In spite of this trend, Volkswagen (VW) this week unveiled plans for the second all-electric version of its iconic microbus minivan in the form of the ID Buzz Cargo. The electric vehicle (EV), which is due to come onto the market in 2021, will have a battery range of up to 340 miles per charge and a rooftop solar panel, according to VW.

The announcement follows VW’s confirmation that it was developing the ID Buzz Concept – its first fully-electric minibus- at the Detroit Auto Show in 2017.

“The original Volkswagen Transporter is the most recognizable light commercial vehicle (LCV) of all time,” VW said in a statement. “With the world premiere of the new ID Buzz Cargo, Volkswagen Commercial Vehicles is showing how an electrically-powered and completely redeveloped Transporter might change the world of LCVs.”

BUILT ENVIRONMENT: Land & Water to build London’s largest man-made wetland habitat

While this segment usually focuses on sustainable buildings – from Starbucks’ LEED-certified drive-thru with a ‘living’ roof, to Carlsberg’s waterfall-powered pub – this week’s success story comes from engineering firm Land & Water, which has obtained planning permission to create the largest man-made wetland habitat within the M25.

The company this week unveiled plans to create a new wetland habitat from re-engineered construction materials in Rainham, East London, between Veolia’s landfill site and RSPB’s nature reserve. The creation of the habitat, which will span five square kilometres, will see the former dredging disposal lagoons alongside the A13 at Rainham Marshes re-activated in a bid to boost biodiversity. Land & Water has not yet confirmed when the project will be complete.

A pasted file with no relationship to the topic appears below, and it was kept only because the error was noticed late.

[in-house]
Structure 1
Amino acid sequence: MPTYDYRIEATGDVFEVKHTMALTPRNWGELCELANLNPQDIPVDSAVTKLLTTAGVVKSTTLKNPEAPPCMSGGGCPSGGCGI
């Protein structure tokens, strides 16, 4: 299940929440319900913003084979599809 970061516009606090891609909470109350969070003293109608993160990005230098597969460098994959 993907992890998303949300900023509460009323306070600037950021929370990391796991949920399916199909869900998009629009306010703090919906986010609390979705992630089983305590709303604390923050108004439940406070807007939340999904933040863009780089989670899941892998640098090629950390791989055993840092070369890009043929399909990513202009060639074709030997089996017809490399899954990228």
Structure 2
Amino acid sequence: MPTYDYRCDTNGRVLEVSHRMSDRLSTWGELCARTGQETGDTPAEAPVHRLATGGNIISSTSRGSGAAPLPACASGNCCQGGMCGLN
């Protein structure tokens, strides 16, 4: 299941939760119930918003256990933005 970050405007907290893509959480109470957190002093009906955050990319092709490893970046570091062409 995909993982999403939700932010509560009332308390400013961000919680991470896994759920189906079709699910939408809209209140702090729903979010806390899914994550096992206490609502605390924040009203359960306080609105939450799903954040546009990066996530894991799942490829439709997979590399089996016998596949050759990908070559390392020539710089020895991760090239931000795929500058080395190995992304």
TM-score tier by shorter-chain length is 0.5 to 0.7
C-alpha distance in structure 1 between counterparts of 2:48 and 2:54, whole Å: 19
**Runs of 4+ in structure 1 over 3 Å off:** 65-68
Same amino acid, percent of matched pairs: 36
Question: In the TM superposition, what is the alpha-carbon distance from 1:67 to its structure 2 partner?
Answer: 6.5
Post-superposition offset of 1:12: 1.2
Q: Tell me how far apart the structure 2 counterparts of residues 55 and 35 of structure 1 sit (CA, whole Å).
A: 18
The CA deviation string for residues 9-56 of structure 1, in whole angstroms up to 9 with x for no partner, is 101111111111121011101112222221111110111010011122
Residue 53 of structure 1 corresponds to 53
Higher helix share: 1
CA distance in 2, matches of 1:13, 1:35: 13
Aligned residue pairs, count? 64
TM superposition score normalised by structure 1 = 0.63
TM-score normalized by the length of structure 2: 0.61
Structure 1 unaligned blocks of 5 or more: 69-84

“In listening to the needs and desires of the stakeholders, we designed and developed a much bolder plan to turn our lagoons into the largest habitat creation project ever constructed inside the M25,” Land & Water’s chief executive James Maclean said.

“We plan to deliver the project using dredged spoils arising from relevant construction projects to create varied habitats and engineer a considerable rainwater harvesting plan to feed sustainable wetlands to support rare bird species in perpetuity.”

BUSINESS LEADERSHIP: Danone North America joins B-corp movement

Danone North America has shown sustainability leadership by becoming one of the latest big-name companies to join the B Corp movement, which now has more than 170 members in the UK –  including Unilever-owned Ben & Jerry’s and beverage firm Innocent – and 2,600 members worldwide. 

Since its launch in 2006 by non-profit B-Lab, the global movement has required businesses to meet the highest standards of verified CSR performance and to undergo re-certification after two years to ensure that they are still leaders in terms of business ethics, sustainable sourcing and transparency.

As one of the few large multinational corporates to achieve B Corp certification, Danone North America has proven that that certification is attainable for all businesses regardless of their size or the sector they operate in.

“This designation demonstrates to employees, consumers, partners, retailers, society and governments that we are committed to continuous improvement as we work to bring the company’s One Planet. One Health vision to life through our business and brands,” Danone North America’s chief executive Mariano Lozano said.

Sarah George